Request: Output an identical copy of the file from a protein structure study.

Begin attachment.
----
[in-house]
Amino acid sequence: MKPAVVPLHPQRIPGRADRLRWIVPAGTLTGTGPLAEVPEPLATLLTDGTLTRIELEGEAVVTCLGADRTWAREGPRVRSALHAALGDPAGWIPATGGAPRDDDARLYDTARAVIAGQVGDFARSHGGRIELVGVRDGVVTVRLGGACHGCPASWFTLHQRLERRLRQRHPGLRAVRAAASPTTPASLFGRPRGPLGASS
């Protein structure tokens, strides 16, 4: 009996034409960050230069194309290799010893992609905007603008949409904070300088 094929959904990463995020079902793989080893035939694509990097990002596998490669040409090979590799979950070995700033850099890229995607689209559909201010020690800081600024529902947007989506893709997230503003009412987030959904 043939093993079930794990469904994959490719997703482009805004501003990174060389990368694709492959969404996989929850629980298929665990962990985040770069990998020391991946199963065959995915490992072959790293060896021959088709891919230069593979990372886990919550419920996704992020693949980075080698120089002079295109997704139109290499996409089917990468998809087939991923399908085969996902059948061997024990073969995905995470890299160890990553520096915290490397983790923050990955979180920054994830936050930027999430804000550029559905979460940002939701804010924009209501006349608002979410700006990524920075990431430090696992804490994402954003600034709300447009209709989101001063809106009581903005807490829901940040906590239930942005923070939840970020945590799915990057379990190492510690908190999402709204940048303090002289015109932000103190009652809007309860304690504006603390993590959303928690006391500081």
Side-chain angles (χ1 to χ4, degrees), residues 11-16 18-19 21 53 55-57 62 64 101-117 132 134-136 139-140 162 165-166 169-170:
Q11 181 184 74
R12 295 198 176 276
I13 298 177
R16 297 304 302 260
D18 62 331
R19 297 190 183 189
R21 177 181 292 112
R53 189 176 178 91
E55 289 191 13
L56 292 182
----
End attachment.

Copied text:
[in-house]
Amino acid sequence: MKPAVVPLHPQRIPGRADRLRWIVPAGTLTGTGPLAEVPEPLATLLTDGTLTRIELEGEAVVTCLGADRTWAREGPRVRSALHAALGDPAGWIPATGGAPRDDDARLYDTARAVIAGQVGDFARSHGGRIELVGVRDGVVTVRLGGACHGCPASWFTLHQRLERRLRQRHPGLRAVRAAASPTTPASLFGRPRGPLGASS
């Protein structure tokens, strides 16, 4: 009996034409960050230069194309290799010893992609905007603008949409904070300088 094929959904990463995020079902793989080893035939694509990097990002596998490669040409090979590799979950070995700033850099890229995607689209559909201010020690800081600024529902947007989506893709997230503003009412987030959904 043939093993079930794990469904994959490719997703482009805004501003990174060389990368694709492959969404996989929850629980298929665990962990985040770069990998020391991946199963065959995915490992072959790293060896021959088709891919230069593979990372886990919550419920996704992020693949980075080698120089002079295109997704139109290499996409089917990468998809087939991923399908085969996902059948061997024990073969995905995470890299160890990553520096915290490397983790923050990955979180920054994830936050930027999430804000550029559905979460940002939701804010924009209501006349608002979410700006990524920075990431430090696992804490994402954003600034709300447009209709989101001063809106009581903005807490829901940040906590239930942005923070939840970020945590799915990057379990190492510690908190999402709204940048303090002289015109932000103190009652809007309860304690504006603390993590959303928690006391500081």
Side-chain angles (χ1 to χ4, degrees), residues 11-16 18-19 21 53 55-57 62 64 101-117 132 134-136 139-140 162 165-166 169-170:
Q11 181 184 74
R12 295 198 176 276
I13 298 177
R16 297 304 302 260
D18 62 331
R19 297 190 183 189
R21 177 181 292 112
R53 189 176 178 91
E55 289 191 13
L56 292 182